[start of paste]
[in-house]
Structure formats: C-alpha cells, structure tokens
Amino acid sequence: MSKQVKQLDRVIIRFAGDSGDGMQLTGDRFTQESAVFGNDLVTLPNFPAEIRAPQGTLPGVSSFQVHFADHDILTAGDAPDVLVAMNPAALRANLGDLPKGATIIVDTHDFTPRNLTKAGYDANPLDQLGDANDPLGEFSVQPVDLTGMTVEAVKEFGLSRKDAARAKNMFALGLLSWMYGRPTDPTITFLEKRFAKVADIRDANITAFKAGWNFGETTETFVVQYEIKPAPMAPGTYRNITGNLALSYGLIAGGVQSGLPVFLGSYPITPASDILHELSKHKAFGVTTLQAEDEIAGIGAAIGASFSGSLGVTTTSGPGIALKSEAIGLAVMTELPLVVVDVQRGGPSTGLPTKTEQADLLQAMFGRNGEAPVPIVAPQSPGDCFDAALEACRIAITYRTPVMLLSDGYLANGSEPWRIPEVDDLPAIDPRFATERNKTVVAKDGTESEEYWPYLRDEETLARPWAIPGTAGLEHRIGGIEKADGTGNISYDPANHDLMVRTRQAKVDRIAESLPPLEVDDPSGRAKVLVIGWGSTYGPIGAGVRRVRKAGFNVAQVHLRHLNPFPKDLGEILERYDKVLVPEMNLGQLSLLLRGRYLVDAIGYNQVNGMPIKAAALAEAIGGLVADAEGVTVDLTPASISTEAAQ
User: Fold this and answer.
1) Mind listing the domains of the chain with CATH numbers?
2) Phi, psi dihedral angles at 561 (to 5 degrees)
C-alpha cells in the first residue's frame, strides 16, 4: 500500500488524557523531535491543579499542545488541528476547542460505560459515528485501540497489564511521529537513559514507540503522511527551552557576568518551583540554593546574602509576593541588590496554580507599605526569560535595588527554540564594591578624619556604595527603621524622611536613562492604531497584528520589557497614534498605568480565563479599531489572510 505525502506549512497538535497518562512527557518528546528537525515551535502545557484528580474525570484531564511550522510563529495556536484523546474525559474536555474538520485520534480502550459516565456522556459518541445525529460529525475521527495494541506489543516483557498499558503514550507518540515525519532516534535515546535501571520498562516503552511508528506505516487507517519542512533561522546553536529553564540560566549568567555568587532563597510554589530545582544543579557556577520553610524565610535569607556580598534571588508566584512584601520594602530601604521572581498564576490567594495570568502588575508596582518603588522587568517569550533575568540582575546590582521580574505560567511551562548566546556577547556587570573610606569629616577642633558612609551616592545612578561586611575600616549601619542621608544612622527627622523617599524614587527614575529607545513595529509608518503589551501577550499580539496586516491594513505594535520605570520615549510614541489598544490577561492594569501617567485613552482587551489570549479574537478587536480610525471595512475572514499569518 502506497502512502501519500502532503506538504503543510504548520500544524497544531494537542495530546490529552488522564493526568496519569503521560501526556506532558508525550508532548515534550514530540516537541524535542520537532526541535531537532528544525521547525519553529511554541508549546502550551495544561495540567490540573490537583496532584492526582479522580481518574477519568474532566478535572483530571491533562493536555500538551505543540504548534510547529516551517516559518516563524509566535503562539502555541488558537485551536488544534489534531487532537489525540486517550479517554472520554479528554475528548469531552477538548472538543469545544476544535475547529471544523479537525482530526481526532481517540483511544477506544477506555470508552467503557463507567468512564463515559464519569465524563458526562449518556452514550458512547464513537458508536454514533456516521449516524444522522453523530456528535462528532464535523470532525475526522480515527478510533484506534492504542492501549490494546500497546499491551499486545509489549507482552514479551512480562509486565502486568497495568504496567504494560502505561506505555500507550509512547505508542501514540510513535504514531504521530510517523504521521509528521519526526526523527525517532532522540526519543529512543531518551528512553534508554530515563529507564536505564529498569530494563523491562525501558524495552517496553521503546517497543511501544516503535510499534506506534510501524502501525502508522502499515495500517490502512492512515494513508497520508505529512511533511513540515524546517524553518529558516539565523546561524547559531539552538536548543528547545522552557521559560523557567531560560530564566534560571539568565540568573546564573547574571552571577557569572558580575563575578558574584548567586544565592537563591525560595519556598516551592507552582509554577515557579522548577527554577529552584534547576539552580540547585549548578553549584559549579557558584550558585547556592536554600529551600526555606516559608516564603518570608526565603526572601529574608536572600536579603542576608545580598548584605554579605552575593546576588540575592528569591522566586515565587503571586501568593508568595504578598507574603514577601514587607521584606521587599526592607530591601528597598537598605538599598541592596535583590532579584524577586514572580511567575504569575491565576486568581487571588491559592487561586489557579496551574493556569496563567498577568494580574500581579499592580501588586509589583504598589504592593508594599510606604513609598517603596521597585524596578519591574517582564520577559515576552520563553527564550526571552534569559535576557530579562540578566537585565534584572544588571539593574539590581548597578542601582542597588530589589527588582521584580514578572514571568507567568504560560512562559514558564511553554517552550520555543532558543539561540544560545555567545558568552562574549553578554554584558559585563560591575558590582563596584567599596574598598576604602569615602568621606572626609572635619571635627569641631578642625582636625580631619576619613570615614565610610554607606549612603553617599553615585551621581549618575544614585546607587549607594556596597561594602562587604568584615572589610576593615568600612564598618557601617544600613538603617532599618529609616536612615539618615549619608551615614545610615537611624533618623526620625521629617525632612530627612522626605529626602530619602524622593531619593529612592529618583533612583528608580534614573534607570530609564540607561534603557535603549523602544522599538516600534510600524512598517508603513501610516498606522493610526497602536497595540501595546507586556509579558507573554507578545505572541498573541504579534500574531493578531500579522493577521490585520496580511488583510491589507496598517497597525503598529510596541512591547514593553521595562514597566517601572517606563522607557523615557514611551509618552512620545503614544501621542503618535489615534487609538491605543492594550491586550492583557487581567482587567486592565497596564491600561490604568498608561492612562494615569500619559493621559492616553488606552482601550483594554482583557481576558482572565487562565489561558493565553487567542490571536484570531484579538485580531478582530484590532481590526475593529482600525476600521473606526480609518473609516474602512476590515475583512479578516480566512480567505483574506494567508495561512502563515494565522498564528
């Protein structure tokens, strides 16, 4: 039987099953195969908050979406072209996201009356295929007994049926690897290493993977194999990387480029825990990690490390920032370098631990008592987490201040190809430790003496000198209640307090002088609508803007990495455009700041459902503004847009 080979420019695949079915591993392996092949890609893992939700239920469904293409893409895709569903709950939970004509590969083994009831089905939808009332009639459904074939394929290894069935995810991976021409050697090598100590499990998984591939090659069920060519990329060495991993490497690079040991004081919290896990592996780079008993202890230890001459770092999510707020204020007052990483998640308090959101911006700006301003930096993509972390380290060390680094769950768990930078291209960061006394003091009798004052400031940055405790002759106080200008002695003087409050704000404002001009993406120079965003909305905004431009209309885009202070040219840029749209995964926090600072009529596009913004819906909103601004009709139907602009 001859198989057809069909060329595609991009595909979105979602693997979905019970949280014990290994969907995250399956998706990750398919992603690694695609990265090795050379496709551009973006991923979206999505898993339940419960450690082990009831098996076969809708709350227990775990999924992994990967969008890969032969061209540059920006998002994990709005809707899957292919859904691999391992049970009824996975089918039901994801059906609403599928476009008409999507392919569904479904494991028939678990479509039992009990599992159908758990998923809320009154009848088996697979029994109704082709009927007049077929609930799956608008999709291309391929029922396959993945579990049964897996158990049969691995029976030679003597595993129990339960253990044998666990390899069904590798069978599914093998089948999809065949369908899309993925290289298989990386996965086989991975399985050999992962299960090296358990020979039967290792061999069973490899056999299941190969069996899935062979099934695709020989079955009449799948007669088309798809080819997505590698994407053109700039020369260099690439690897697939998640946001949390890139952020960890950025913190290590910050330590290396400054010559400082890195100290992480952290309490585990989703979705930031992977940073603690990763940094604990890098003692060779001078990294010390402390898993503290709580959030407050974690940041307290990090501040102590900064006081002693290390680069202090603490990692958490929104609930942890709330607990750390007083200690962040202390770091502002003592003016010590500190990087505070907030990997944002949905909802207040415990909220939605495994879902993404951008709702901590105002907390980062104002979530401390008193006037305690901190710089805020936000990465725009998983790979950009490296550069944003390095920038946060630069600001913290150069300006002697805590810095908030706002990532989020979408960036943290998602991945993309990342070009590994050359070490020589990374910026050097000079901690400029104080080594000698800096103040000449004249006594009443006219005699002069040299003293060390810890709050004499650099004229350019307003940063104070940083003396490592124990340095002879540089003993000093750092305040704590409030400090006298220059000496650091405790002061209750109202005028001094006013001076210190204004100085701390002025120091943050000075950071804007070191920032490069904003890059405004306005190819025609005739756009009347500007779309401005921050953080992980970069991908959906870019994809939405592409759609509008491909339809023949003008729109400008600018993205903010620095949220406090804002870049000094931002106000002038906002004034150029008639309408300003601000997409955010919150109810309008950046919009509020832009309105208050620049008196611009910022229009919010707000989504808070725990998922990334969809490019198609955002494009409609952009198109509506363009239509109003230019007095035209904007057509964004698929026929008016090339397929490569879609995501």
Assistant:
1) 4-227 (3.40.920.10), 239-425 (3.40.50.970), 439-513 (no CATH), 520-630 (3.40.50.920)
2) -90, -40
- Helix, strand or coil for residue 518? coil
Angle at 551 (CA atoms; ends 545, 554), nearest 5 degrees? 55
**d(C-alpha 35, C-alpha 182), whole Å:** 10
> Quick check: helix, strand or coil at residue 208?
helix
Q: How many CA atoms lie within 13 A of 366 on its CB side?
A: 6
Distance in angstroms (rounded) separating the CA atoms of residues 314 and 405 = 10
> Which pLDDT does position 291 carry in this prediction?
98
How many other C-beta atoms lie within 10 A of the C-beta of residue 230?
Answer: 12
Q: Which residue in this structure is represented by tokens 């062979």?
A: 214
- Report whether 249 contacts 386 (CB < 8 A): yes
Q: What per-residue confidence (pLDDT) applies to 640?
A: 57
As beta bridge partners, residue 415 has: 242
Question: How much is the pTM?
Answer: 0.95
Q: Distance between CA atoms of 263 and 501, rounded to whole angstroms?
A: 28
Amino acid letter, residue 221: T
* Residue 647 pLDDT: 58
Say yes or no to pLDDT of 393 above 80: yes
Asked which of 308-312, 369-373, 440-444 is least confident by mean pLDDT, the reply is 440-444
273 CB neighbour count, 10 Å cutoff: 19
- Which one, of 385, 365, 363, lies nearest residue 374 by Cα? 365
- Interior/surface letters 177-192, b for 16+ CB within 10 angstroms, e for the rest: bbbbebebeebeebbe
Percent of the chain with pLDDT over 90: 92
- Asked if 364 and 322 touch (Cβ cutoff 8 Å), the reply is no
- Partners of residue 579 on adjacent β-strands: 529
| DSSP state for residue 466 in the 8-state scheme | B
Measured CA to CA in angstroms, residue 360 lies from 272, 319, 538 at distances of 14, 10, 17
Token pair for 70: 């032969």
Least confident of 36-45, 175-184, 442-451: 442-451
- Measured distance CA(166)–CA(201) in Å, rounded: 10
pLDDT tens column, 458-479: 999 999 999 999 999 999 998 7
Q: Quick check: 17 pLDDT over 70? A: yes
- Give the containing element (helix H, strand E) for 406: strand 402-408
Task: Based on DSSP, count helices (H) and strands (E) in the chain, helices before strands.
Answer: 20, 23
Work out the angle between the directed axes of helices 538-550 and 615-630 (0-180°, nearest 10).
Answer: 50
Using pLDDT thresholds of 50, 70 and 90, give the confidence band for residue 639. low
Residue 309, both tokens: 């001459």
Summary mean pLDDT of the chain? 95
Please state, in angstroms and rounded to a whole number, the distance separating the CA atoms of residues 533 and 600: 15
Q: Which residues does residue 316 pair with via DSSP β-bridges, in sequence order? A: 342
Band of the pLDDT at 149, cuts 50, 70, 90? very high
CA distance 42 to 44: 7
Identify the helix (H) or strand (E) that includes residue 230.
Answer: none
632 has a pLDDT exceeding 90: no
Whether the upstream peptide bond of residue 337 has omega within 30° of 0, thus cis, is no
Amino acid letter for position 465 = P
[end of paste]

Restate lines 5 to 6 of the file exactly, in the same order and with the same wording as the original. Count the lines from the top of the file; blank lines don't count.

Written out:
1) Mind listing the domains of the chain with CATH numbers?
2) Phi, psi dihedral angles at 561 (to 5 degrees)